1. This is a reference by the Small Cause Court Judge at Benares under Order 46, Rule 1, Civil P.C. The suit was instituted on 29th April 1938 against a certain person who was presumably an agriculturist upon the foot of a promissory note. The promissory note was executed on 20th January 1935 and the period of limitation under the provisions of the Limitation Act had expired on 20th January 1938; but the plaintiff contended that the suit was within time by reason of the provisions of Section 5, Local Act No. 10 of 1937. Section 5(1) of the Act reads as follows:
(1) In computing the period of limitation prescribed by the Limitation Act, 1908, or any other law for this time being in force, for (a) the institution of a suit in a Civil Court against an agriculturist for money or for foreclosure or sale in enforcement of a mortgage, and (b) the execution of such decree as is referred to in Section 3, and not covered by Section 6, the period during which this Act shall remain in force, shall be excluded.
2. The learned Judge considered the Preamble of the Act and having regard to the fact that all the Sections of the Act except Section 5 are concerned exclusively with matters relating to the execution of decrees he observes:.as the Act itself is not applicable to suits against agriculturists, the provision about stay of suits appears to be outside the scope of the Act and inconsistent with the tenor and spirit of the Act.
3. The Preamble of the Act is in the following terms:
Whereas it is expedient to provide for the temporary postponement, pending further legislation for granting relief from indebtedness to agriculturists, of the execution of certain decrees passed against agriculturists by Civil Courts.
4. Section 1, Clause (1) of the Act provides:
This Act may be called the Temporary Postponement of Execution of Decrees Act, 1937.
5. It may thus be assumed that the main or primary object of the Legislature was to grant relief to agriculturists by the postponement of execution of decrees which had been passed against them; but on the other hand the language of Section 5 is perfectly clear and can admit of no two interpretations. Where the terms of an enactment are clear, precise and unambiguous, it must be applied and enforced according to its plain meaning, and it is not the business of the Court to speculate as to what might have been in the mind of the Legislature as it may appear to the Court from the Preamble or otherwise. In Maxwell on the Interpretation of Statutes, 7th Edn. at p. 39 the learned author observes as follows:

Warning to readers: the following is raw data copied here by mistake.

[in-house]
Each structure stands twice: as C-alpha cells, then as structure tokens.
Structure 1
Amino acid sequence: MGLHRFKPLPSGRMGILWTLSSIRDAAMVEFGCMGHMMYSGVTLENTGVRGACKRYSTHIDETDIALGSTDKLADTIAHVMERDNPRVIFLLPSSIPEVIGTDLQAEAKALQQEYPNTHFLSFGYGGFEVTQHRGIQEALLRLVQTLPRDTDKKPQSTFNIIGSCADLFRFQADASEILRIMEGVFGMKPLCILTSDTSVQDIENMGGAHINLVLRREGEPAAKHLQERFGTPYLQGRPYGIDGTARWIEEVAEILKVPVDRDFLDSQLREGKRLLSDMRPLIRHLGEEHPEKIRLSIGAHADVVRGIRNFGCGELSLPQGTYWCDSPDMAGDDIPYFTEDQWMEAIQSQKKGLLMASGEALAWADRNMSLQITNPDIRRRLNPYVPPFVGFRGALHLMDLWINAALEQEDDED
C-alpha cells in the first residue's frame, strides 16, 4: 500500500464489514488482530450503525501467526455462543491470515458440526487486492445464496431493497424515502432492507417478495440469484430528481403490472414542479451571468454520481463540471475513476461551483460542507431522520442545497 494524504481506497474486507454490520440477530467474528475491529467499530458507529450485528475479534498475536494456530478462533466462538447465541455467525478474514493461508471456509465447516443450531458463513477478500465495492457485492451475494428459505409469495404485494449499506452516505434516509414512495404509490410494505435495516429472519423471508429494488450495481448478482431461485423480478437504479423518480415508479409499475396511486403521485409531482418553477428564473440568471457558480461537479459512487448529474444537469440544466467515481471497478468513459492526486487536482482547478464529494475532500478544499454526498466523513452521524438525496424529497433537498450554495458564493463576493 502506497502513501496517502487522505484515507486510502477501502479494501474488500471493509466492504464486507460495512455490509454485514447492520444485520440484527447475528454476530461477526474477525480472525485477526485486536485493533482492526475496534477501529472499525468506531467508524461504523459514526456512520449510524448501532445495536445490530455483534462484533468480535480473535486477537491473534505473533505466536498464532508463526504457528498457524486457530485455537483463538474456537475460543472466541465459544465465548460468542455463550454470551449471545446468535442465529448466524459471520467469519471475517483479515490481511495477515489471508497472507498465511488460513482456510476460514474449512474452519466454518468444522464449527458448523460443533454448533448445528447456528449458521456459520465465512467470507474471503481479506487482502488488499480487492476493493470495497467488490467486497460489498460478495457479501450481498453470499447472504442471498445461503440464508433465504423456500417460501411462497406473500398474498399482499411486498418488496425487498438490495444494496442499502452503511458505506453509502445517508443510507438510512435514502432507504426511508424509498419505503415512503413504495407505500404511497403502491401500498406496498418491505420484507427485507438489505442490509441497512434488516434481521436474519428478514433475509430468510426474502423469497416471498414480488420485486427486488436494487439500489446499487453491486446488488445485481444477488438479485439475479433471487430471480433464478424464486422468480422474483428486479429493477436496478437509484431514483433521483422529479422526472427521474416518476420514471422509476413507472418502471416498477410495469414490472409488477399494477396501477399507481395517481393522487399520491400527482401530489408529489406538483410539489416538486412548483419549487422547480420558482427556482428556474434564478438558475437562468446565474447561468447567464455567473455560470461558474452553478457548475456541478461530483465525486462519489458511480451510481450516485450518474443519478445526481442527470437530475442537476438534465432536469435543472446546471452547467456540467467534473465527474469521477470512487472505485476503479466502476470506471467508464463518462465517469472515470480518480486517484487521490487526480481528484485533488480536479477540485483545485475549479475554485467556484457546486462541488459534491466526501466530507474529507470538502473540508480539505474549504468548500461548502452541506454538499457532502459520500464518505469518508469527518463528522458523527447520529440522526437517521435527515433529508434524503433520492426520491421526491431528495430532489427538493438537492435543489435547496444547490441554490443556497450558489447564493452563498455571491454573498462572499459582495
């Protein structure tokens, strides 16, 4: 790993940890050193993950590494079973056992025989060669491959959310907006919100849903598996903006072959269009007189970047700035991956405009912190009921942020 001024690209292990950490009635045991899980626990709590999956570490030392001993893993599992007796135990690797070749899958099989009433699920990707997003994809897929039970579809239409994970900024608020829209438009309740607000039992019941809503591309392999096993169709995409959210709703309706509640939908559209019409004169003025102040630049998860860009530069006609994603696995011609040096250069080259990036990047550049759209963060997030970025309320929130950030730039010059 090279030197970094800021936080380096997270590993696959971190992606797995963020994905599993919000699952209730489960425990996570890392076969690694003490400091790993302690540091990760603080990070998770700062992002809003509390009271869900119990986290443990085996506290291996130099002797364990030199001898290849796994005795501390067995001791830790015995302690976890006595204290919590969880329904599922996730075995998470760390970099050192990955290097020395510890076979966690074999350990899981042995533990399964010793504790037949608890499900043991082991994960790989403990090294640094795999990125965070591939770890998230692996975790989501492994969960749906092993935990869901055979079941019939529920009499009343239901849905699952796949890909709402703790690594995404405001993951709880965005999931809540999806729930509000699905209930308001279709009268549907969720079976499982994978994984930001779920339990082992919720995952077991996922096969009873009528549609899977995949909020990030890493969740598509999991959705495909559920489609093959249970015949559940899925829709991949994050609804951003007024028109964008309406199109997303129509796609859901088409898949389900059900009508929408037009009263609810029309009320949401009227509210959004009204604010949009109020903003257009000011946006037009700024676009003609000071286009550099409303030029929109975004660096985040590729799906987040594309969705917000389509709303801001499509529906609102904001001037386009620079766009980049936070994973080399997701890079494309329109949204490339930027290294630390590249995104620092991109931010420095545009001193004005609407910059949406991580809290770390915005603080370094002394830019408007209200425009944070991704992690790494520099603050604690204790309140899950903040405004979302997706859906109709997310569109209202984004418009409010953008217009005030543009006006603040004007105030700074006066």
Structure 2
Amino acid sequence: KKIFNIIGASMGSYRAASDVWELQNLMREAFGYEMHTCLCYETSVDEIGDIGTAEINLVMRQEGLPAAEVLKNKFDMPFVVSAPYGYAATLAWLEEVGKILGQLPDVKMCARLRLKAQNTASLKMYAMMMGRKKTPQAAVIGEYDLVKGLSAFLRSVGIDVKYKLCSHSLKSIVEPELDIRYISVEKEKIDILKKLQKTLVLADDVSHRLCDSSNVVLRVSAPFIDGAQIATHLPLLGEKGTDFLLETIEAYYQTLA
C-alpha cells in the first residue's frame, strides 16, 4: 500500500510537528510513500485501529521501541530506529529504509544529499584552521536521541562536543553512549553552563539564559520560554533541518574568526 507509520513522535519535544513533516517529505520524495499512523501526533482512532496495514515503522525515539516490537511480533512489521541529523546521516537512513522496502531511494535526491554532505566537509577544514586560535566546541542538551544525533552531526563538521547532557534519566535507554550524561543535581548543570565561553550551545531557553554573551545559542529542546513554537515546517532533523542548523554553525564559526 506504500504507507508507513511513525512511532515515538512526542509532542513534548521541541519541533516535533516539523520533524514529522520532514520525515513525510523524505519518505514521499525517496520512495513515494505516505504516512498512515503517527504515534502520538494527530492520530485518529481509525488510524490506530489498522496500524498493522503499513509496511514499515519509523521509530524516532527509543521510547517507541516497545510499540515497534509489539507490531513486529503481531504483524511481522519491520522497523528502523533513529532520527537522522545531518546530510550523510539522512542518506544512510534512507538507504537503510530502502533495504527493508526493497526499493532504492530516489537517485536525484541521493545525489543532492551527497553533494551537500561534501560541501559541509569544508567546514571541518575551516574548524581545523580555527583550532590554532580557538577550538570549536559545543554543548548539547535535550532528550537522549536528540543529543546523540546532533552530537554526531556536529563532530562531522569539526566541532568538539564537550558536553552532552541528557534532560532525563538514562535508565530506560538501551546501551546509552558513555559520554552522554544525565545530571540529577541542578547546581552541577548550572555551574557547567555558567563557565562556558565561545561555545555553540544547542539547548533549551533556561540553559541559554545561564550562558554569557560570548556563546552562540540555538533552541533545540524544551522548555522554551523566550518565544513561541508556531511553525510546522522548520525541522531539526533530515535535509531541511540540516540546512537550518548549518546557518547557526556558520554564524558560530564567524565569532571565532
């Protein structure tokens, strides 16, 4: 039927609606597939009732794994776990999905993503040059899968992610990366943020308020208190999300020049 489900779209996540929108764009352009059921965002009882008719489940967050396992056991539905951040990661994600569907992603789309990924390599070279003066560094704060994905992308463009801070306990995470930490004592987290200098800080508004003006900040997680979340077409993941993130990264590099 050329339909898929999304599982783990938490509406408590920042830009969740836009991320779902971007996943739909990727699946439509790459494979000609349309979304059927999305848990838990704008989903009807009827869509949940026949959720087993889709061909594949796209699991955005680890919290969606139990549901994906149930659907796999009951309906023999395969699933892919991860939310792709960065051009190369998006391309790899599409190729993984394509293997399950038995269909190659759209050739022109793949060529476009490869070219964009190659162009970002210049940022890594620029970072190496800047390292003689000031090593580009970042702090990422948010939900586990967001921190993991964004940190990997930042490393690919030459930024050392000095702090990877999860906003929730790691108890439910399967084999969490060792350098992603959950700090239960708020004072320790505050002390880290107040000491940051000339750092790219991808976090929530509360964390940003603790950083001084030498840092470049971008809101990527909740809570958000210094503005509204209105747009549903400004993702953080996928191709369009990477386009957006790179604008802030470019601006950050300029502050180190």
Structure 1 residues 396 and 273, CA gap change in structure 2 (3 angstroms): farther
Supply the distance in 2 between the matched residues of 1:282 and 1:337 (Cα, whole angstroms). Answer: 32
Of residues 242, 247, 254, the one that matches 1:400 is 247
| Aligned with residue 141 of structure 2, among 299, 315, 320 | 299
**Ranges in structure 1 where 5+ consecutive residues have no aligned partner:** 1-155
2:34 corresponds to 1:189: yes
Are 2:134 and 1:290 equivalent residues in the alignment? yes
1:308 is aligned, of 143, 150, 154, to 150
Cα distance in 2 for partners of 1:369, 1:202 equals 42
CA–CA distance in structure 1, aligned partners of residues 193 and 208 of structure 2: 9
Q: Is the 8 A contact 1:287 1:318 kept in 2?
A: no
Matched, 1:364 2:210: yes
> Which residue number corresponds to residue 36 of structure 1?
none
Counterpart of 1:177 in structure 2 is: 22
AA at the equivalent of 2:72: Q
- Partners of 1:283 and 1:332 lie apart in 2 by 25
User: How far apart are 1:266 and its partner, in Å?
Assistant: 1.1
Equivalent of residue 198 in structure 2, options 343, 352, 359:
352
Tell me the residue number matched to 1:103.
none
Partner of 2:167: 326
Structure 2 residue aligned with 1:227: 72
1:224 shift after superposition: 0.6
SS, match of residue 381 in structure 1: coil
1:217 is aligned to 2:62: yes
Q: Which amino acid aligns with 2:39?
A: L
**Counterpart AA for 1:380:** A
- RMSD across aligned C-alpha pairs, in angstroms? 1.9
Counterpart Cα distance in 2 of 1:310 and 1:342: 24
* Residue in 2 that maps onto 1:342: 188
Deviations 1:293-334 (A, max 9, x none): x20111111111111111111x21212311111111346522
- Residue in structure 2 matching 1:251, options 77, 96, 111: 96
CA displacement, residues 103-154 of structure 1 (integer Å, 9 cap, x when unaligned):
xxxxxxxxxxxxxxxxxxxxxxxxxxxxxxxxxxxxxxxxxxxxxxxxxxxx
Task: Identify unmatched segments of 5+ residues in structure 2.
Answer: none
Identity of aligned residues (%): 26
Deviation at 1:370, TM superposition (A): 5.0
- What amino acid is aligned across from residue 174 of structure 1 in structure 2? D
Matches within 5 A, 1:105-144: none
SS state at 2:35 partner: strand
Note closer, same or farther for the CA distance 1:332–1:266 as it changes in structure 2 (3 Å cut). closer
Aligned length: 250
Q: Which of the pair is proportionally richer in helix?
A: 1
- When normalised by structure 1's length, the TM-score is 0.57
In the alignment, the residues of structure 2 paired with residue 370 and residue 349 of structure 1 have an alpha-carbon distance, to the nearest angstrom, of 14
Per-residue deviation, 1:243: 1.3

But the Preamble cannot either restrict or extend the enacting part, when the language and the object and scope of the Act are not open to doubt. It is not unusual to find that the enacting part is not exactly co-extensive with the Preamble. In many Acts of Parliament, although a particular mischief is recited, the legislative provisions extend beyond it. The Preamble is often no more than a recital of some of the inconveniences, and does not exclude any others for which a remedy is given by the statute. The evil recited is but the motive for legislation; the remedy may both consistently and wisely be extended beyond the cure of that evil, and if on a review of the whole Act a wider intention than that expressed in the Preamble appears to be the real one, effect is to be given to it notwithstanding the less extensive import of the Preamble.
6. It is of course obvious that as regards decrees the intention of the Legislature was that execution should be postponed until such date as the Act ceases to be in operation, and we think it is only logical to assume that there may have been a more or less analogous intention in respect to suits. A creditor whose claim was still within timo at the data when this Act came into force could hardly of course be compelled to suspend institution of his suit during the operation of the Act, as his witness might meanwhile have died or otherwise have become unavailable to him, hut the Legislature may perhaps have desired to encourage creditors so to suspend the institution of their suits. In any case, whether the Legislature had this or some other intention, we are of opinion, having regard to the very clear language of the provision in question, that this suit is within time. The above is our answer to the reference.